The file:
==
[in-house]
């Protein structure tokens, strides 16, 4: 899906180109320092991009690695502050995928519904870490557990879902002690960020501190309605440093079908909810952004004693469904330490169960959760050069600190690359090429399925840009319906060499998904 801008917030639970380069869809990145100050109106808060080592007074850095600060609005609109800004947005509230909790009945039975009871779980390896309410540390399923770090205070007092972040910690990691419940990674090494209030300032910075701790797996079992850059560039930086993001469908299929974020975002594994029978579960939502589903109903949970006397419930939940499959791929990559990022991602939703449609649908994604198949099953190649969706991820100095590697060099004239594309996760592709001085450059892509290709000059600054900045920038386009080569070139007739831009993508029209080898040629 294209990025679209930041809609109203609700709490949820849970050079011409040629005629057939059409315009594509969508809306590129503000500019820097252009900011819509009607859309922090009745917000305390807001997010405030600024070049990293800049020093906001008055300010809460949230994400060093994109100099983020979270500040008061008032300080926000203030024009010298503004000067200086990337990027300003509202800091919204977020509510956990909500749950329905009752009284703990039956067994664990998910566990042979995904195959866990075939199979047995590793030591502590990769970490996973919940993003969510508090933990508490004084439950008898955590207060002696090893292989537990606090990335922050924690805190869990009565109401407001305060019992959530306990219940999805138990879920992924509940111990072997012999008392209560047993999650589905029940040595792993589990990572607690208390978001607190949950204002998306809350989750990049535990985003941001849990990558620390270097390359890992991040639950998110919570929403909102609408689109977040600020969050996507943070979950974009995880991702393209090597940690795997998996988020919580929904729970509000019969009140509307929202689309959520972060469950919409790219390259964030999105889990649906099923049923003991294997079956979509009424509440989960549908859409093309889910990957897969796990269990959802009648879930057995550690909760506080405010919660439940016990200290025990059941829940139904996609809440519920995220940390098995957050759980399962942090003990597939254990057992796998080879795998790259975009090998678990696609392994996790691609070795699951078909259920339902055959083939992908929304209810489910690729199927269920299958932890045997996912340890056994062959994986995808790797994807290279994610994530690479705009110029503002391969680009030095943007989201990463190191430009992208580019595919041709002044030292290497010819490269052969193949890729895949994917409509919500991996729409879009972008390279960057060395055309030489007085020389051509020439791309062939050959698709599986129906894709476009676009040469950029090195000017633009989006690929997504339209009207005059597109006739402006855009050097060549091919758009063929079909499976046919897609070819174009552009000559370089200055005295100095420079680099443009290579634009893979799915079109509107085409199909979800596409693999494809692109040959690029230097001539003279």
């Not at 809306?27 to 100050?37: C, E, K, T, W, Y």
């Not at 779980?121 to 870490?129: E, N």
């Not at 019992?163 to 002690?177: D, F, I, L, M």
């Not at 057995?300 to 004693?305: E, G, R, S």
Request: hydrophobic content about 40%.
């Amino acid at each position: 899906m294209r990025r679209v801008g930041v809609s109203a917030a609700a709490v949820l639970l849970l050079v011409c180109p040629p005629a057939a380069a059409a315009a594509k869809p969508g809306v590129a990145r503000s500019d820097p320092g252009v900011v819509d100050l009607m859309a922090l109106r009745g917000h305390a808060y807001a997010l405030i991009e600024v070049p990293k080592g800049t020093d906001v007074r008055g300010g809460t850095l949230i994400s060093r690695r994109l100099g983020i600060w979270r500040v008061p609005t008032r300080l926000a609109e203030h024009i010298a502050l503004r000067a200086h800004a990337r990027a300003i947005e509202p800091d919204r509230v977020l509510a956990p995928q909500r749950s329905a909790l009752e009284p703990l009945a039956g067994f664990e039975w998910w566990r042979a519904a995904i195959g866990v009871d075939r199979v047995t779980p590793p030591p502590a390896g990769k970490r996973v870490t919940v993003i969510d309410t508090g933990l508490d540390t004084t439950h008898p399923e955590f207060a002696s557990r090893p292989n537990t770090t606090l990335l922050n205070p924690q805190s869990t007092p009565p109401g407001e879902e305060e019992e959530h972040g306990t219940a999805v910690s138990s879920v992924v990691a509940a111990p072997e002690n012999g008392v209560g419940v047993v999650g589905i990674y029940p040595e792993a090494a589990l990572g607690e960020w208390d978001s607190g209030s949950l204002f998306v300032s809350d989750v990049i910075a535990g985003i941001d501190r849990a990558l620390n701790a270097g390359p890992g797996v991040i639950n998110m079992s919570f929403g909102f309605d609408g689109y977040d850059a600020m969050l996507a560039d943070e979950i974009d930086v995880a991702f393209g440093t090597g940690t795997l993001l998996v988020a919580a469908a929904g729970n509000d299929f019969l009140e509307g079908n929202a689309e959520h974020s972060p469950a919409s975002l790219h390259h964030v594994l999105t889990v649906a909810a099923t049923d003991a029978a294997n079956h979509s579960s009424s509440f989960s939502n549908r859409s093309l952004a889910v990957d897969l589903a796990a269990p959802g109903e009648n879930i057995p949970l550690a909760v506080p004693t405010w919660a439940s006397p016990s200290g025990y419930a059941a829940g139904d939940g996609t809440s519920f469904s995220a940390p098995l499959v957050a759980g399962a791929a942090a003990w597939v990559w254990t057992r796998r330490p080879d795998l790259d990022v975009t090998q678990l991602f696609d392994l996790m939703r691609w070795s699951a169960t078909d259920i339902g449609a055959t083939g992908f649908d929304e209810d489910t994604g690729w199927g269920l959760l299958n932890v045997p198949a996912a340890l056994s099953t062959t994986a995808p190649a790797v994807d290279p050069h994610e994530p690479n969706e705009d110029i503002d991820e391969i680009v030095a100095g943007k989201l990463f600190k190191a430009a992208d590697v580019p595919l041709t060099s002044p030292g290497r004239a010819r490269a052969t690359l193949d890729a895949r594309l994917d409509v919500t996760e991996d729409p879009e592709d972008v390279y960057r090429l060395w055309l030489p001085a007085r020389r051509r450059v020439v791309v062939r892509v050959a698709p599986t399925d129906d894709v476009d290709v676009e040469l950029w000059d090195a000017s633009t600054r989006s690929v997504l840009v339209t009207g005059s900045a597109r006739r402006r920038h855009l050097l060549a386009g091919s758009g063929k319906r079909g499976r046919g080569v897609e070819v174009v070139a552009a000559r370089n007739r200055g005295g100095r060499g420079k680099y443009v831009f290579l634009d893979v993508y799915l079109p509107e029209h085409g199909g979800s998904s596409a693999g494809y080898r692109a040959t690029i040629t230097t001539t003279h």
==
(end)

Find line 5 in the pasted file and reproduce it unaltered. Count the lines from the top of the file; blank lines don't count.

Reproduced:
């Not at 019992?163 to 002690?177: D, F, I, L, M």